The dichotomy of splitting humanity into two groups is a theme repeated in at least four points in 2001: the two tribes of apes, the Russians and Americans, Frank and Dave, and then finally (in a broader sense) HAL and Dave. Arguably, the dichotomy of the Monolith and Dave is a fifth and even broader instance. In 2001, this dichotomy is universal. In the case of programming HAL, humanity is split into scientists and bureaucrats. I argue that it only makes sense if both are at partial fault. If the main function of an explanation is to shift blame entirely to one side or the other, then it is to be criticized as going against theme, even if in and of itself the explanation is otherwise fine.
Well, I didn't see it as absolving the human scientists so much as absolving HAL himself. I don't see HAL simply as a product of human technology, but as a person in his own right, and I feel sympathy toward his plight -- an innocent being created only to gather and present knowledge and to take care of his crew, but then forced to lie to them and unable to cope with the conflict between that imposed behavior and his fundamental nature. Which group of humans is or isn't to blame is beside the point to me; I'm approaching it more from HAL's own perspective. To me, the key takeaway is that HAL was more victim than villain, that he wasn't a stereotypical "evil computer" but, like most machines that go wrong, a victim of human error or human misuse.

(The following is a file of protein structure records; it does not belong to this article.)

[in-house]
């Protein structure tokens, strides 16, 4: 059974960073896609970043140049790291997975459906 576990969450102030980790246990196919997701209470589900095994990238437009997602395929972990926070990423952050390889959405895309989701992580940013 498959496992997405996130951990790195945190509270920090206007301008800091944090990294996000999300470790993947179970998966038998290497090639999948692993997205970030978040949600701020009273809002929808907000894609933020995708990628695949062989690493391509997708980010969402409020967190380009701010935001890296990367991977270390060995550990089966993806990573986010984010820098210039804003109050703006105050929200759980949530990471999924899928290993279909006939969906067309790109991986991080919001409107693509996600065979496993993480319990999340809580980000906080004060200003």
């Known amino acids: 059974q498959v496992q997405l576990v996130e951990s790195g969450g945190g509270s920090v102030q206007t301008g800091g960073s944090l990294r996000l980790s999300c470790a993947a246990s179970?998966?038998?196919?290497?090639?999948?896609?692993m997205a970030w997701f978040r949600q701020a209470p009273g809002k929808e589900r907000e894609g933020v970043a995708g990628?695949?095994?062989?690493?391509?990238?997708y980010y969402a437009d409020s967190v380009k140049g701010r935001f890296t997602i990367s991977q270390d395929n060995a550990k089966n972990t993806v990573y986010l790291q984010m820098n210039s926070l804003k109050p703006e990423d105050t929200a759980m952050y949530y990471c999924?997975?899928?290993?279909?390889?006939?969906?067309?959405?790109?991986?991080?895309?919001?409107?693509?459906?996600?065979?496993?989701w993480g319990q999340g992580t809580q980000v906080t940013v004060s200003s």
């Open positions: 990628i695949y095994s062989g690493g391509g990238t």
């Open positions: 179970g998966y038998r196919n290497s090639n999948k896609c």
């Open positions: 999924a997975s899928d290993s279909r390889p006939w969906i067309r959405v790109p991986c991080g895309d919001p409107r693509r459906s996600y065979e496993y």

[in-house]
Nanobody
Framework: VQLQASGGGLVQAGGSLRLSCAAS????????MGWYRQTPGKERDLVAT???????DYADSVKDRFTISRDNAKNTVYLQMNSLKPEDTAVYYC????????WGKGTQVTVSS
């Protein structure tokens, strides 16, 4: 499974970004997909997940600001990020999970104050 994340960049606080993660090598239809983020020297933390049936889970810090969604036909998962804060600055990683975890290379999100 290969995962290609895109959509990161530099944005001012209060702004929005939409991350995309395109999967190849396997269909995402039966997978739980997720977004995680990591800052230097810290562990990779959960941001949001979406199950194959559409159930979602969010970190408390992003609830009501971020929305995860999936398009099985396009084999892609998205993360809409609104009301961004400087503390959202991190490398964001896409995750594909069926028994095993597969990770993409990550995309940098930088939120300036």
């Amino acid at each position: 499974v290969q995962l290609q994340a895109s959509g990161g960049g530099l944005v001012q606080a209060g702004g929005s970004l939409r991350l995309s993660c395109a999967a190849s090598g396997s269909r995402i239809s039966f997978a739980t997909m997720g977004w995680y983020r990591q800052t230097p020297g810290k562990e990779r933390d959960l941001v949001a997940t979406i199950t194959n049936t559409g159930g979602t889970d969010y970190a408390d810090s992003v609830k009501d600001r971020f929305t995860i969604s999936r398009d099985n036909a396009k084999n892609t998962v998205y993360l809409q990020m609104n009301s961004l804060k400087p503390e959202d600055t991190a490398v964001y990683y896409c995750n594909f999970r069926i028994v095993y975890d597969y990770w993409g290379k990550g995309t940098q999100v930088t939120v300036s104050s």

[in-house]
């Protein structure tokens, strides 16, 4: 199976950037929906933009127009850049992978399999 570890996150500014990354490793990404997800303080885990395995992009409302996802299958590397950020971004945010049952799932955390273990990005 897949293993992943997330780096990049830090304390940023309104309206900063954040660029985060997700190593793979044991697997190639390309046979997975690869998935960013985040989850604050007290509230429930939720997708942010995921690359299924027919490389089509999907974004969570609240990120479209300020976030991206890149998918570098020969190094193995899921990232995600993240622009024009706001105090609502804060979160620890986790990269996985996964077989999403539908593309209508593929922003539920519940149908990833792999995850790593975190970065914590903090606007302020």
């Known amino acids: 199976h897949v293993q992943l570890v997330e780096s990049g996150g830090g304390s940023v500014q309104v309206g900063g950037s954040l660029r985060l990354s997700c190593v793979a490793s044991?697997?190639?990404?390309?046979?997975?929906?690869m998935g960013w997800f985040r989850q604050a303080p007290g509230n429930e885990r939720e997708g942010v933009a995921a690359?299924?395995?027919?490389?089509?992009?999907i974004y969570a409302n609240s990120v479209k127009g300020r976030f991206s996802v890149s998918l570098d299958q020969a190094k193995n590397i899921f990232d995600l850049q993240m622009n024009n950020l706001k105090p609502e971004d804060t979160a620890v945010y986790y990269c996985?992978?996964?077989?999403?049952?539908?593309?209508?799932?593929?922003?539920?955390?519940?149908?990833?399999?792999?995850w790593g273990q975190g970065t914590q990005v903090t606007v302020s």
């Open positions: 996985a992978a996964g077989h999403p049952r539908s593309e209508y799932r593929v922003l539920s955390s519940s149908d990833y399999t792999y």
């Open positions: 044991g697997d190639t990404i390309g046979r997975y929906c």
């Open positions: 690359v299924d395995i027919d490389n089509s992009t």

I guess it's because I was always an outsider growing up and thus tended to sympathize with nonhuman characters in fiction. I've always had an affinity for AI characters, and I prefer it when fiction portrays AIs as sympathetic characters who deserve understanding rather than evil monsters. I like HAL, and I want him to be innocent. And the explanation Clarke gave in the original book, the explanation Chandra gave in the sequel book and movie, absolves HAL. And that's important to me.
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Old September 23 2012, 11:05 PM   #122
Maurice
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Re: Rename The Motion Picture

I want to apologize for being involved in this thread wandering so far off-topic. However, since Christopher has made several remarks that I think are incorrect and unfair, I am going to address those, BUT, for those not interested, I am going to Spoiler Code it so you don't need to read it if you're not so inclined.



And, now, back to the OT, how about:

STAR TREK: The Movie That Sparks Endless Arguments

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Old September 23 2012, 11:15 PM   #123
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Re: Rename The Motion Picture